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Negative View of U.S. Moral Values Hit All-Time High

Nearly half of U.S. adults (49 percent) rate the moral values of the U.S. as “poor,” according to a Gallup survey released on June 1.

Only 14 percent rated the state of the nation’s moral values as “excellent / good,” the lowest total since 2006, while 37 percent responded “fair,” a one-point increase from last year.

“Americans have always viewed the state of U.S. morals more negatively than positively. But the latest figures are the worst to date,” Gallup said. “In earlier polls on the measure, Americans were about as likely to rate the country’s moral standing as only fair as they were to say it was poor. But in 10 of the past 12 annual polls since 2007, Americans have been decidedly more likely to rate it as poor.”

When asked about the direction of the nation’s moral values, 77 percent said they were “getting worse,” while 18 percent said “getting better.”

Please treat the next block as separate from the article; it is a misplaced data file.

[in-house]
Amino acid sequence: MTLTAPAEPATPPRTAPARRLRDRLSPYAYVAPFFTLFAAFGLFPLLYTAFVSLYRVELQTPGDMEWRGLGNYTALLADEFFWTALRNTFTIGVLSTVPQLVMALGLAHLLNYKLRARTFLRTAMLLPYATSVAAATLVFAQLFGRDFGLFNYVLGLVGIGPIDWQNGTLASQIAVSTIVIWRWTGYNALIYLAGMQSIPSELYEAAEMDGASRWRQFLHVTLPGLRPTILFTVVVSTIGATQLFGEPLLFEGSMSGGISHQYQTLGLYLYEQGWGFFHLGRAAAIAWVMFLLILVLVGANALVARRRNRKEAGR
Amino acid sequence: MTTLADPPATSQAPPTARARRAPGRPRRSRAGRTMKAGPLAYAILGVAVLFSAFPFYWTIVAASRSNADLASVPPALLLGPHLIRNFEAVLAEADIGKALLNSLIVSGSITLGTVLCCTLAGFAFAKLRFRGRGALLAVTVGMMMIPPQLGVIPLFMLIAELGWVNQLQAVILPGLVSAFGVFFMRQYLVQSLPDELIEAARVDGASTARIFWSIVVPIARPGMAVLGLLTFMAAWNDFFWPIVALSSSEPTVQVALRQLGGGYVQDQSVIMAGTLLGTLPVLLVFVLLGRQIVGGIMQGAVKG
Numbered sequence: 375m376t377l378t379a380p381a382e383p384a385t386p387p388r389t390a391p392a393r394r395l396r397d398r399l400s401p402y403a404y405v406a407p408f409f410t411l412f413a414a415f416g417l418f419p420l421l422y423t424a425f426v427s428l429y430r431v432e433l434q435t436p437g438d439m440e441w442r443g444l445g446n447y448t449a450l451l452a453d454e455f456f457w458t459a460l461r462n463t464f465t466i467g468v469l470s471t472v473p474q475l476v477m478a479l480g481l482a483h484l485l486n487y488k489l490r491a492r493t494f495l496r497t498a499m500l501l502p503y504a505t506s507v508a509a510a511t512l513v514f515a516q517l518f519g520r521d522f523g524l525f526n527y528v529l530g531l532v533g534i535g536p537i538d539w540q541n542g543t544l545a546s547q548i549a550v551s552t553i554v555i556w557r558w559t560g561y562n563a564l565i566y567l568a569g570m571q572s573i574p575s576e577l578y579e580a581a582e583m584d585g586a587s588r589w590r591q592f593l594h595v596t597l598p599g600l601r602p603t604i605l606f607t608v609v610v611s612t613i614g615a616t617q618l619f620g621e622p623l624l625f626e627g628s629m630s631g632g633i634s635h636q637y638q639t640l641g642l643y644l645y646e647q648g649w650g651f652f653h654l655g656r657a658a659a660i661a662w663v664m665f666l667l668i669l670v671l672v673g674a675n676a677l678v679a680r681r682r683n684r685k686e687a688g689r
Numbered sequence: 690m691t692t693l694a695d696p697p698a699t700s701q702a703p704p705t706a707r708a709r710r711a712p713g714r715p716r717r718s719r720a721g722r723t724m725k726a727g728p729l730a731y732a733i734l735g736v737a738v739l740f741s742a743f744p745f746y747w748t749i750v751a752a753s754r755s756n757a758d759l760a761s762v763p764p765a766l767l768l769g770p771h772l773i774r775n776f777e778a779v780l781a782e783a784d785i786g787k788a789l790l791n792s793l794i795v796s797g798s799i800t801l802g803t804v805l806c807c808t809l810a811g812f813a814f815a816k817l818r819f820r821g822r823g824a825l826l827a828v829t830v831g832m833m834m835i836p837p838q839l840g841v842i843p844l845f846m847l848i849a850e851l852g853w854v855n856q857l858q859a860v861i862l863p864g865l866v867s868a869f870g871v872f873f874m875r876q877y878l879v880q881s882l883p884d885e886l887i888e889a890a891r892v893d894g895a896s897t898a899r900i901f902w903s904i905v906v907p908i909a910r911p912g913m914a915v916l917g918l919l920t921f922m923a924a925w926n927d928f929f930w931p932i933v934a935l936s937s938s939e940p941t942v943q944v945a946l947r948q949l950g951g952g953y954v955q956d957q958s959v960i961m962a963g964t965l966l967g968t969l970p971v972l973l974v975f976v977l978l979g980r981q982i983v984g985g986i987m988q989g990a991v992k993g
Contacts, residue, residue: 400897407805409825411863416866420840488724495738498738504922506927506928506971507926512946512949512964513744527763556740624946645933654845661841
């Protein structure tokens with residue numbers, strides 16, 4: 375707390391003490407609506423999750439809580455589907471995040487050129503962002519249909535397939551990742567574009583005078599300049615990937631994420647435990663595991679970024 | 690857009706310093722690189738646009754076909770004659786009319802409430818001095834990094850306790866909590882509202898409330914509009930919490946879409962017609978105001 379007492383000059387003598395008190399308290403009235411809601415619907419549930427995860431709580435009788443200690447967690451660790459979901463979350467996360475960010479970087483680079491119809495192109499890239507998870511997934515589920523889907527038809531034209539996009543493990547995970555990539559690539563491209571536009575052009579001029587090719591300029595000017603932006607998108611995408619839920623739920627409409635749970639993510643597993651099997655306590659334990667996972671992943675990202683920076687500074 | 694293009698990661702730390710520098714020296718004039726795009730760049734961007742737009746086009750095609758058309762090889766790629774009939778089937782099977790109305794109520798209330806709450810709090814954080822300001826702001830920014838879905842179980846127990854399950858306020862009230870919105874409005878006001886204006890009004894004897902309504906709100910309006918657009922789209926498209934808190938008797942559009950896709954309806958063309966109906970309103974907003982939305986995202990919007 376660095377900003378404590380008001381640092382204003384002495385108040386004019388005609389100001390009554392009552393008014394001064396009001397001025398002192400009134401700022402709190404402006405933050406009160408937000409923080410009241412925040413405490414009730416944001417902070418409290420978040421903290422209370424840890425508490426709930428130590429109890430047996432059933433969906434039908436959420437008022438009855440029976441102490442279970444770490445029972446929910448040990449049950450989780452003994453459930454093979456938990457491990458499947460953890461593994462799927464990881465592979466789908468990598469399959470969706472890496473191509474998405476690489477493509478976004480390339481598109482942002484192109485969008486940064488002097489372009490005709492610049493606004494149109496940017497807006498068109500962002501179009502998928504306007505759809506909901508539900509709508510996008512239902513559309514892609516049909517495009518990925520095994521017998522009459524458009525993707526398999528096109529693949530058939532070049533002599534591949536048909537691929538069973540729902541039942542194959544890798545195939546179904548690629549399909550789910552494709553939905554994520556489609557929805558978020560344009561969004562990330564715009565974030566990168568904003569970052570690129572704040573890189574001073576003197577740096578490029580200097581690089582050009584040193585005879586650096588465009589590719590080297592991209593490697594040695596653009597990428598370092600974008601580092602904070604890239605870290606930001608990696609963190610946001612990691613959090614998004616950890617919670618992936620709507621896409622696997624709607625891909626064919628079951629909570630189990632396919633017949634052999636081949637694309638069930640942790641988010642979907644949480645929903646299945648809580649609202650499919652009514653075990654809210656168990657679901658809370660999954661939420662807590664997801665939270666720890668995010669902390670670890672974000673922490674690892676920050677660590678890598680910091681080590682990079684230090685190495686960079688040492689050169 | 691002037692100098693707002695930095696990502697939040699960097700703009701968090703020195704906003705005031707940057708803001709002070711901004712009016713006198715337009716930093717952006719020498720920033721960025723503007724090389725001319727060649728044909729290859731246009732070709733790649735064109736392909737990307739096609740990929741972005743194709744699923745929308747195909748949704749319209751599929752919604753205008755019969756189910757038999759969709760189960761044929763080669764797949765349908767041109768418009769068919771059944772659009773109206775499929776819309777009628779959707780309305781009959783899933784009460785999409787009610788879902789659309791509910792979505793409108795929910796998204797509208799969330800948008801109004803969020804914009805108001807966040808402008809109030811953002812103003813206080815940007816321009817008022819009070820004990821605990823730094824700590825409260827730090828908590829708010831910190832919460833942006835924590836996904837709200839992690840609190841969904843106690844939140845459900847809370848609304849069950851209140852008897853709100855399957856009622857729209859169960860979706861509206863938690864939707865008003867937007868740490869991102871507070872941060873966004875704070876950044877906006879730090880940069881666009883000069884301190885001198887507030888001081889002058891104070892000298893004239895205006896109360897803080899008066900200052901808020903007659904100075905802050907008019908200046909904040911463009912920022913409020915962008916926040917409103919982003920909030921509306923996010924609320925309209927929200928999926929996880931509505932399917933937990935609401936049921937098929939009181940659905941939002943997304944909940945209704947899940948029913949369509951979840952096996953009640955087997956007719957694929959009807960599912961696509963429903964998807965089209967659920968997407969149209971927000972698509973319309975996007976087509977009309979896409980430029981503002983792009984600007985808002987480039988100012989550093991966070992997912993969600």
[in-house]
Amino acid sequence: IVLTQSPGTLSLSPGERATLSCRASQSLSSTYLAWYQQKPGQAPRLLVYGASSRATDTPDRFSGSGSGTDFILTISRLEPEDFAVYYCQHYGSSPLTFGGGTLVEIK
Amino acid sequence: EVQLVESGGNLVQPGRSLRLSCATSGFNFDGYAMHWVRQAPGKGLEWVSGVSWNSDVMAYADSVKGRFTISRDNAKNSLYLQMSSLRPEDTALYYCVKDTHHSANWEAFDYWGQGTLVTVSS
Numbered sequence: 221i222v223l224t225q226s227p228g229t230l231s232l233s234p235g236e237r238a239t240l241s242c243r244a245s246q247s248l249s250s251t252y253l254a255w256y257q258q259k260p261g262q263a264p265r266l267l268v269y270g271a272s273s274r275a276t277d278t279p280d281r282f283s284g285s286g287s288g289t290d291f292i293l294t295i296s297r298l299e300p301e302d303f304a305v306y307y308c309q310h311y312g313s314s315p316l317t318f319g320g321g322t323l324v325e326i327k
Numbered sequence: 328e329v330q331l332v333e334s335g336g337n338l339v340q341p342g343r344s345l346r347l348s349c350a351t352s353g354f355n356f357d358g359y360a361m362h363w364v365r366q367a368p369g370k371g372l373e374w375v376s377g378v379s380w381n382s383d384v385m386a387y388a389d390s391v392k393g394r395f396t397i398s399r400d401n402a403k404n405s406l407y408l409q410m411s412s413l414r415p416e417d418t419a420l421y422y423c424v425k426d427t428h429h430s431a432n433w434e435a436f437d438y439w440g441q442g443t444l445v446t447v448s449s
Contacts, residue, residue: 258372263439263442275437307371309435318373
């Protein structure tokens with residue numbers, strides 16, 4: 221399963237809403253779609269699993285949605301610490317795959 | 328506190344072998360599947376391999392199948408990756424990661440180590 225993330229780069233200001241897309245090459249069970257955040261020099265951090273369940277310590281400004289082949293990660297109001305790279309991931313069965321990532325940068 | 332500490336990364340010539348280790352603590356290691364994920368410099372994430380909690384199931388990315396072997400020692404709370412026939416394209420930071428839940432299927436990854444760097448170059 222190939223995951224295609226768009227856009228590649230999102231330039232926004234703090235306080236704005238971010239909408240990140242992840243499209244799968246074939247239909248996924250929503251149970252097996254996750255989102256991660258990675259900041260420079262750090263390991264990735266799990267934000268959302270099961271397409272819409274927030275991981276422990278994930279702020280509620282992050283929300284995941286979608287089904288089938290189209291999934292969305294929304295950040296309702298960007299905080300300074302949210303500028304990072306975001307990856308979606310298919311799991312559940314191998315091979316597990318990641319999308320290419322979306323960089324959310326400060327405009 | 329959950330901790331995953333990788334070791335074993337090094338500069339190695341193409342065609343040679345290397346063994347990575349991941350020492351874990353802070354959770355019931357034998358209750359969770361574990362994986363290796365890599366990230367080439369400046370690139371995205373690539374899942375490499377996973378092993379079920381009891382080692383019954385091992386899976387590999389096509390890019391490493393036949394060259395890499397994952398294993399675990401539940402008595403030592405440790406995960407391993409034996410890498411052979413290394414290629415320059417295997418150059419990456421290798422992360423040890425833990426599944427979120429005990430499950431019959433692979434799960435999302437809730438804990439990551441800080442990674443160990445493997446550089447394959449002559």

Pessimism reached a high point in 2007 when 82 percent responded, “getting worse,” declining to 69 percent in 2011 and then slowly increasing since then.

U.S. adults were most optimistic in 2002 when 24 percent felt the nation’s moral values were “getting better,” declining to a low of 11 percent from 2006 to 2008 before increasing to 22 percent in 2011 and remaining relatively plateaued since then.

“Though the question wording makes no reference to politics or the president, Americans seem to rate U.S. moral values through their own partisan lenses – with both Democrats and Republicans having become less negative after the election of a president of their own party over the past decade,” Gallup noted.

The full report is available here.